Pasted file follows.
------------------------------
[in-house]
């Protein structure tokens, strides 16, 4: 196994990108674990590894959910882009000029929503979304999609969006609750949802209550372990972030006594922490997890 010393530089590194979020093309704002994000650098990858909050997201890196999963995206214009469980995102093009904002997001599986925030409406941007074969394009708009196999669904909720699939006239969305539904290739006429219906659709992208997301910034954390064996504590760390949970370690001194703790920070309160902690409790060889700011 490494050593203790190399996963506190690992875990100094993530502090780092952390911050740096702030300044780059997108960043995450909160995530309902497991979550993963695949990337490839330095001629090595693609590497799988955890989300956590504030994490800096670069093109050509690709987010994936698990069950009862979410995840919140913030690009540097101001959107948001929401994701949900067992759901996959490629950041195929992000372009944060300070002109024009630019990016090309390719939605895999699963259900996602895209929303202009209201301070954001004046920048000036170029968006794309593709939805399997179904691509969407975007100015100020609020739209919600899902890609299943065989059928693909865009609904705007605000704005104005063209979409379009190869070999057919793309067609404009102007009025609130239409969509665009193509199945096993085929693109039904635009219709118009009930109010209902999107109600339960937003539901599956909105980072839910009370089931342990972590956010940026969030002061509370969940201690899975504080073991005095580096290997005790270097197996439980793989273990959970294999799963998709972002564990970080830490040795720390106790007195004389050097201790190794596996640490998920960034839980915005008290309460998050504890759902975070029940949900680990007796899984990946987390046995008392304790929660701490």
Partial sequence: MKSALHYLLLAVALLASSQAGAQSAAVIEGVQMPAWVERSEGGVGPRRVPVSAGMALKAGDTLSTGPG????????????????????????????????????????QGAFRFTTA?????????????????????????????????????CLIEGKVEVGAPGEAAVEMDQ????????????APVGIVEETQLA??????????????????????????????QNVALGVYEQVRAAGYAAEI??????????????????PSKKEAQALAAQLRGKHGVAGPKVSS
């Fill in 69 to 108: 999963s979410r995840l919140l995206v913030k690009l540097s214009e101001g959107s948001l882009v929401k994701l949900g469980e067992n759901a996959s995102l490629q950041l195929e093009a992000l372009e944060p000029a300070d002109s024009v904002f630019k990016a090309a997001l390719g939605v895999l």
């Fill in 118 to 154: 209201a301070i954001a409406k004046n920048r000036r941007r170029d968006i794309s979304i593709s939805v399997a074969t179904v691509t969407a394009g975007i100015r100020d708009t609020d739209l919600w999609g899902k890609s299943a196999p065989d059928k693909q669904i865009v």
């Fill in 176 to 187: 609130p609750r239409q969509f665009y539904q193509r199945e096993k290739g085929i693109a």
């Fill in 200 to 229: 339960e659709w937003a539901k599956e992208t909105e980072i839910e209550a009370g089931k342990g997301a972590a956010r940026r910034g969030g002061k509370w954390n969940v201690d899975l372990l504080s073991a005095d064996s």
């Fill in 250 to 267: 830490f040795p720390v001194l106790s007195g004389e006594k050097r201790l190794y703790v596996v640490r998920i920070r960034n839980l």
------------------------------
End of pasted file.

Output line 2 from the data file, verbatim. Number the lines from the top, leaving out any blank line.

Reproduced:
């Protein structure tokens, strides 16, 4: 196994990108674990590894959910882009000029929503979304999609969006609750949802209550372990972030006594922490997890 010393530089590194979020093309704002994000650098990858909050997201890196999963995206214009469980995102093009904002997001599986925030409406941007074969394009708009196999669904909720699939006239969305539904290739006429219906659709992208997301910034954390064996504590760390949970370690001194703790920070309160902690409790060889700011 490494050593203790190399996963506190690992875990100094993530502090780092952390911050740096702030300044780059997108960043995450909160995530309902497991979550993963695949990337490839330095001629090595693609590497799988955890989300956590504030994490800096670069093109050509690709987010994936698990069950009862979410995840919140913030690009540097101001959107948001929401994701949900067992759901996959490629950041195929992000372009944060300070002109024009630019990016090309390719939605895999699963259900996602895209929303202009209201301070954001004046920048000036170029968006794309593709939805399997179904691509969407975007100015100020609020739209919600899902890609299943065989059928693909865009609904705007605000704005104005063209979409379009190869070999057919793309067609404009102007009025609130239409969509665009193509199945096993085929693109039904635009219709118009009930109010209902999107109600339960937003539901599956909105980072839910009370089931342990972590956010940026969030002061509370969940201690899975504080073991005095580096290997005790270097197996439980793989273990959970294999799963998709972002564990970080830490040795720390106790007195004389050097201790190794596996640490998920960034839980915005008290309460998050504890759902975070029940949900680990007796899984990946987390046995008392304790929660701490």